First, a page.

Care to Care Some More?

While reading the book, “The Jesus Touch” (authored by Lynn Anderson; published on 2002 by Howard Publ. Co.), I stumbled upon this segment, which absolutely caught my attention. It took some time before I could get back to this particular excerpt and encode it in my laptop. But I knew right from the moment I read it, a strong urge to share this immediately sparked.

Later, I could somehow elaborate why I got so eager to share this. But at this point, I’d like to ask you to take your time to read it on your own.

For more than twenty-five years, Dr. Thomas Shipp was pastor of a great and caring congregation that began in his living room and grew to more than eight thousand members. Although in constant demand as a speaker, Dr. Shipp often went to small churches on preaching missions.

One Sunday evening he drove from Dallas to a small town to preach at 8:30. Some people standing around in front of the church said, “Preacher, see that house over there? (next to the parsonage, which was next-door to the church). A woman lives there with her seventeen-year-old daughter. A man drives up at ten o’clock every night. He leaves the next morning at two-thirty.” They told Shipp that the girl was going to Kansas City and that everyone knew why she was going – she was “in trouble.” Furthermore, they implied that the man who came each night was responsible. Shipp watched. Sure enough, at exactly ten o’clock, a man drove up and went inside. But he was gone in the morning.

Next day, almost everywhere Dr. Shipp went, people talked about this girl. Shipp asked the local pastor: “Have you ever been over to see the family that lives next-door?”

The pastor protested, “Man, I wouldn’t be caught dead in that house!”

So Shipp decided he would go himself. He introduced himself at the door, “You don’t know me; I’m Tom Shipp from Dallas, Texas. I’m over here preaching in the church. I understand that your daughter left town this morning. I just wanted to come by and let you know that I was thinking of you – this must be a difficult day for you. I don’t even know your name, but I’m saying a prayer for you today.”

The woman broke down in tears. When able to regain her composure, she explained, “I don’t know what I am going to do without my daughter.” Once inside the house, Tom discovered a third person, the eighty-five-year-old grandmother. The girl’s father had died some years back. So the mother and daughter had come to this house to live with Grandma because Grandfather was also dead. Then Grandmother suffered an illness that demanded round-the-clock care lest she strangle to death. So the mother was completely confined to the house. No one in the community saw her. The daughter did all the shopping.

That evening, Tom arranged for a sitter for the grandmother so the mother could attend the revival. Tom introduced the woman to the congregation. “I want you to meet your neighbor and my new friend. This is a great night in her life. She lives next-door to the parsonage. Her daughter had to leave home this morning because they no longer had food to eat, and no one in this town would give the girl a job. Therefore, the daughter had to go to another town to work and send back money for her mother’s and grandmother’s living. Grandmother, who lives in the same house, is eighty-five years old and requires constant care. Your neighbor says she doesn’t know what she would do, if it weren’t for her brother who drives 120 miles every night and stays with Grandma between the hours of 10:00 P.M. and 2:30 A.M. while my friend gets four and a half hours of sleep. The reason this night is special to her is because it’s the first time she has been back in this church since she was six years old, when her father was the founding pastor of this church.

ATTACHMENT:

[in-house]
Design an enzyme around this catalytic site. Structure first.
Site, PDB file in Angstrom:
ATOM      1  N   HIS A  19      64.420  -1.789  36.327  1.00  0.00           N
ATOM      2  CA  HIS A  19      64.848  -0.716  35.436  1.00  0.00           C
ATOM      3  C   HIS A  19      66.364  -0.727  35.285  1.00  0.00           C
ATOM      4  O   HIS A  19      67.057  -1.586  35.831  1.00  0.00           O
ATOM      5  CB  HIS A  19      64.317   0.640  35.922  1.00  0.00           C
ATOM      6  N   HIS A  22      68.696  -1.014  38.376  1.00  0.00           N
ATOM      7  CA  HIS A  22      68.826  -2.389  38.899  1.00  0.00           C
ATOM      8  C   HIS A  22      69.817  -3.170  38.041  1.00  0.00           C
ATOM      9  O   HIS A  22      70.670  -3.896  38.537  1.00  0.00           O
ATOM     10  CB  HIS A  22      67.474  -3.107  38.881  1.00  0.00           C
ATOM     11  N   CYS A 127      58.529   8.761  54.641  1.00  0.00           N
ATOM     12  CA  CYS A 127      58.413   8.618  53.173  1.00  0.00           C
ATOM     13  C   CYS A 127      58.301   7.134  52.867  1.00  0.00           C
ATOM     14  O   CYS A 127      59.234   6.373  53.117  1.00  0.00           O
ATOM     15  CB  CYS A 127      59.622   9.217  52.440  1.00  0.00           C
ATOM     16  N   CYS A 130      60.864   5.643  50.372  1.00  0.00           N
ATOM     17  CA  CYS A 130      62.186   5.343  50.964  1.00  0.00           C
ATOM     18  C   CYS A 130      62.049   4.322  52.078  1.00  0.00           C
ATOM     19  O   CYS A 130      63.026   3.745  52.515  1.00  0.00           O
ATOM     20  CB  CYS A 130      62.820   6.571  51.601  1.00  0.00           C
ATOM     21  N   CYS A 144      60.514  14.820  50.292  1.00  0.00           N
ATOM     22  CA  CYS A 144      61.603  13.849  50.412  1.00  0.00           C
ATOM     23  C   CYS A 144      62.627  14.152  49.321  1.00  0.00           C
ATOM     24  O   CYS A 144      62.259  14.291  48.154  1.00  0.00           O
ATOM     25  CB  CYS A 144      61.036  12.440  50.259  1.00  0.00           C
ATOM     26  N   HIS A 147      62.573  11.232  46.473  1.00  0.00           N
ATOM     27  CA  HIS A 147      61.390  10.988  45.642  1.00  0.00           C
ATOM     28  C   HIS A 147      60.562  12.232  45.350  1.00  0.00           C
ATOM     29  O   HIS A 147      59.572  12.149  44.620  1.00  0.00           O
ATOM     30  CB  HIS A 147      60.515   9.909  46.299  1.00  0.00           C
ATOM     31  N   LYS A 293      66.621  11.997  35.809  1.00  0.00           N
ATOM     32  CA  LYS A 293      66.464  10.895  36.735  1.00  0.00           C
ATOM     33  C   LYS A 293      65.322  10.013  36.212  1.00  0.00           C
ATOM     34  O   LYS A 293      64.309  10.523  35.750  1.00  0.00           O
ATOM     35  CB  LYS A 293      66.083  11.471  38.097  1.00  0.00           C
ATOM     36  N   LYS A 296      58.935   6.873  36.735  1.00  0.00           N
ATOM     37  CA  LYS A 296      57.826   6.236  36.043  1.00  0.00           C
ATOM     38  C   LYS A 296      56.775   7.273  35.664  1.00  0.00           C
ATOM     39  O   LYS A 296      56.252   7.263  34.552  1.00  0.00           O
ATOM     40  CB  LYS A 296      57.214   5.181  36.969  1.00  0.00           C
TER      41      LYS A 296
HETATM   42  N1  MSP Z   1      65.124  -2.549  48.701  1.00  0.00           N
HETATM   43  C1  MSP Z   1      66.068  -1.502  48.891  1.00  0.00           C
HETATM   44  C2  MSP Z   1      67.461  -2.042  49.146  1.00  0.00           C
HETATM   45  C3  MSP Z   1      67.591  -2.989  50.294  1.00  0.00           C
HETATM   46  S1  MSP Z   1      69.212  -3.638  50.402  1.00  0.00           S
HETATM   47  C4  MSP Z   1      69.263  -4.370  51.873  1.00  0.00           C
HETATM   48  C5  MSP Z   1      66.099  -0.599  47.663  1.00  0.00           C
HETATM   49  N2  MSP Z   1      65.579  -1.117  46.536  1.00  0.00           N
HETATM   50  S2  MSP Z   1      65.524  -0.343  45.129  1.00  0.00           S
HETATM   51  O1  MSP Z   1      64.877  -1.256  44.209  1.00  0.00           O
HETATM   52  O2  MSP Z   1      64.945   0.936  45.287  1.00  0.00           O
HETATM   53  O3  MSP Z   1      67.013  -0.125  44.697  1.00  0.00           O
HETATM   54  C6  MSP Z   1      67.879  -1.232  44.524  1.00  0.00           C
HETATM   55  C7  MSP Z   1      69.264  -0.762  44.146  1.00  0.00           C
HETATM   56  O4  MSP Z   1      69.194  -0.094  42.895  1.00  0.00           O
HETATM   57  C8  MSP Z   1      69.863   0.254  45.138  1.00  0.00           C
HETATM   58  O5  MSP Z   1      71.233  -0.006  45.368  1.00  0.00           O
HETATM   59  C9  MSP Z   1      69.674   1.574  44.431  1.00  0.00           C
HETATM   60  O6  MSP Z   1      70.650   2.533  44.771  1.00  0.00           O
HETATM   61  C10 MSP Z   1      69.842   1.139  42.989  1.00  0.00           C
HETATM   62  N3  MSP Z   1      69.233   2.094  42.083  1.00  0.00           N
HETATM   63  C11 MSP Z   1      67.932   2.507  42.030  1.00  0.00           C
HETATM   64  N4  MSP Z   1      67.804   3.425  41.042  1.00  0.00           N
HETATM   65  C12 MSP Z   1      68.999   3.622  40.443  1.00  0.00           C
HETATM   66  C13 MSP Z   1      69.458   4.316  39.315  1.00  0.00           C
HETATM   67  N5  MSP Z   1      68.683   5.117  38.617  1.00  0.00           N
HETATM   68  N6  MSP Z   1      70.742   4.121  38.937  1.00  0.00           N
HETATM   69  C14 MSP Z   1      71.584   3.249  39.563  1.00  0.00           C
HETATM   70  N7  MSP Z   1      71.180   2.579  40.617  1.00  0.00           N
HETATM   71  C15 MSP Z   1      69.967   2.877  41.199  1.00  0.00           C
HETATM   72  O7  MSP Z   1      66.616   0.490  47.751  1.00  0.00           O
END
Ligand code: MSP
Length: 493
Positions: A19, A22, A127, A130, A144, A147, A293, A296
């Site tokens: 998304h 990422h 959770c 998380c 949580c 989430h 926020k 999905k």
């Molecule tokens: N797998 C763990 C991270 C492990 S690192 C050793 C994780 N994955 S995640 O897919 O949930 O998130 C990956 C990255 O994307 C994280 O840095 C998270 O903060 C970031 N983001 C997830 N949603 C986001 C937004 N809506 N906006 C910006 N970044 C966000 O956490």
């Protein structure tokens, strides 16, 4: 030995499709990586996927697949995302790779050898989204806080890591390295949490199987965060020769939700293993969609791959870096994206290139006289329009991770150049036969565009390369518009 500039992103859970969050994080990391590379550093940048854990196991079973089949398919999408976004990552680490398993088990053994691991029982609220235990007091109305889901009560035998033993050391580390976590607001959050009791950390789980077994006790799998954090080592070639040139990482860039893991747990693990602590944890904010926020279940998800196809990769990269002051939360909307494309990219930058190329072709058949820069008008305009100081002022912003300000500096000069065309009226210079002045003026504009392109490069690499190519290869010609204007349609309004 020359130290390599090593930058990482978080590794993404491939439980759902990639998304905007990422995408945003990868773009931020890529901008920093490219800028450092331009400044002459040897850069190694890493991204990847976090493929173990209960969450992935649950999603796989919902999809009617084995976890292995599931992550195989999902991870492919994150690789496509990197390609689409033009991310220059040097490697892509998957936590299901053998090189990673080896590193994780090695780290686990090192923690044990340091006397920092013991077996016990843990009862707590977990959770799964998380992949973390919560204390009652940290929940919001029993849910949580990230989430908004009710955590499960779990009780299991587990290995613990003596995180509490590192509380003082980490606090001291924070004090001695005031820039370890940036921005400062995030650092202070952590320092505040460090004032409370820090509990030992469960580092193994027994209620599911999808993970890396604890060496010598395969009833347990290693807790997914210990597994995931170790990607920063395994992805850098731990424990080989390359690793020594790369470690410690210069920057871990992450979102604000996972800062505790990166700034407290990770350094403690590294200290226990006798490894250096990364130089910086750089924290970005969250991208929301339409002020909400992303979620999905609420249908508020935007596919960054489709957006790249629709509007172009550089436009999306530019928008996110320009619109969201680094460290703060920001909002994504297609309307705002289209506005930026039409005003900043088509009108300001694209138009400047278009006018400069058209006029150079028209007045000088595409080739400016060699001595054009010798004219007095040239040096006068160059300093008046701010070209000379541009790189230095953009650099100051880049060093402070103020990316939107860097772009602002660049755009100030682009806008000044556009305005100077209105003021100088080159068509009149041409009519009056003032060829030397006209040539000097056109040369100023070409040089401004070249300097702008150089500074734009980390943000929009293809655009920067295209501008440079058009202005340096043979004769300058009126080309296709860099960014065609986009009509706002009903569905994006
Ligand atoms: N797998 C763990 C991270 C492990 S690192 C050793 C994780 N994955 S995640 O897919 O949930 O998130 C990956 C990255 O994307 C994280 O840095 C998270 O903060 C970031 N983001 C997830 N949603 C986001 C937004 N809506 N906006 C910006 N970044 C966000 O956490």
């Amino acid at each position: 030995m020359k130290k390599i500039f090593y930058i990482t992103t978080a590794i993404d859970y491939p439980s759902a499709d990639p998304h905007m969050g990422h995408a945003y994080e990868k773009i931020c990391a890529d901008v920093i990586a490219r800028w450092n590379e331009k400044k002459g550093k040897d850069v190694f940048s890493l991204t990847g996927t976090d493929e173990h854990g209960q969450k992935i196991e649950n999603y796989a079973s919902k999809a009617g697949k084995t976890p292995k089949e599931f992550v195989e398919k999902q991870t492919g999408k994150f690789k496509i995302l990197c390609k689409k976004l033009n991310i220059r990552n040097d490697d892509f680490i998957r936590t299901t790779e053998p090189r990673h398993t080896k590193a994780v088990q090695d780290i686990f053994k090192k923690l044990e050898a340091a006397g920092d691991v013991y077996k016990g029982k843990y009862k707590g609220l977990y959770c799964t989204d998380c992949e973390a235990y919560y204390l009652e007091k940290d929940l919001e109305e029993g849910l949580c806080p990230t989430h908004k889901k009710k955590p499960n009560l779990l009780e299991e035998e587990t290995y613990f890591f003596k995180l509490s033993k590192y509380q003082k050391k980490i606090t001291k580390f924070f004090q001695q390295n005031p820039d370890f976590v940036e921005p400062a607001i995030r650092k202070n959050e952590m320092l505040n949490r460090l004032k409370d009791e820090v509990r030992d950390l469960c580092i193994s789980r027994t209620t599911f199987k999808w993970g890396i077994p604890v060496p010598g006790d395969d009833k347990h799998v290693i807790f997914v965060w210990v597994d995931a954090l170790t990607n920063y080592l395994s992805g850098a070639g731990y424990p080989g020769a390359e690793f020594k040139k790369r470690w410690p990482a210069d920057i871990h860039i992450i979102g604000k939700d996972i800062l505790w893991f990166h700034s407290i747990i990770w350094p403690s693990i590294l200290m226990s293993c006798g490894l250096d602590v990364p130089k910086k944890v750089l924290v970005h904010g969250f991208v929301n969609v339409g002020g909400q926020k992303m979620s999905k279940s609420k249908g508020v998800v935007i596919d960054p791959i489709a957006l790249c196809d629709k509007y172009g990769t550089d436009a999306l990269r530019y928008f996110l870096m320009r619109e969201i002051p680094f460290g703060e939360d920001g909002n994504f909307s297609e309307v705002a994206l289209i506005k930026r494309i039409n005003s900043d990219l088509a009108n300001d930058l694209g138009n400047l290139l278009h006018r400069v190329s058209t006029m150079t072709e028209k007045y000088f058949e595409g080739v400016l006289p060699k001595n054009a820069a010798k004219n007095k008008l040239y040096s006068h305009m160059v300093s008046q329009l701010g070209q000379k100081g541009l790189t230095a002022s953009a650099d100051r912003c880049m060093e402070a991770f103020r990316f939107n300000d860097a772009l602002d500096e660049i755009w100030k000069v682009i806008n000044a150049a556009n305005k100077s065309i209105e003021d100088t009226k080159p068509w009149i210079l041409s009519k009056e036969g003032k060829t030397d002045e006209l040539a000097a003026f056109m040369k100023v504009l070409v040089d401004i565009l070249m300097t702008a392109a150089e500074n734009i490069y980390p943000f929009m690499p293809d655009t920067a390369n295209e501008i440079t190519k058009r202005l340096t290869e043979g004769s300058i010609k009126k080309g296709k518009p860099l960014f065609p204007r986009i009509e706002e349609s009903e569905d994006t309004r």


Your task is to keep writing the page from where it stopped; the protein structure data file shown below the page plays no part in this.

It would not require a genius to understand why this had to be shared.  You may agree by now how the human heart could be so insensitive or apathetic towards others.  It’s proven that we are naturally self-centered. And what’s worse?  Other than being selfish quite a number still have the energy to gossip (and you know how gossips could spread like wildfire!).

These things just break my heart. It’s heartbreaking because it happens everywhere.  It can happen even inside the church – where wounded souls were supposed to find rest and experience the love of Christ in the company of those who profess their love for Him. It deeply hurts because I could be so insensitive and judgmental towards other too. Even the best of us may struggle with this same issue!

I’m not over-generalizing, but I guess it’s safe to conclude that nobody’s exempted in this kind of tendency.

Therefore, my fervent prayer is that we would re-align ourselves to God’s purpose for our lives – to love Him and to love people. I pray that we would start going past what’s superficial towards every person we have the opportunity to interact with. Let’s be intentional.

I pray that we would learn to set aside our differences, and begin caring more.  May we learn to break those invisible barriers! And, I pray that we would judge less and less; and love more and more – just like Jesus.


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One thought on “Care to Care Some More?

  1. Whoa! What a humbling and somewhat humiliating story. I guess this tells us how worse the cancer in our society has become. We humans tend to judge based on appearances and impressions and assumptions even without enough data. I guess we could never change that especially if we look at people because of sin. The best thing that we could do is look at the only sinless man that ever walked this planet and look at the one and only God that could cleanse us from sin. That way, we’d avoid committing the same mistakes over and over again.

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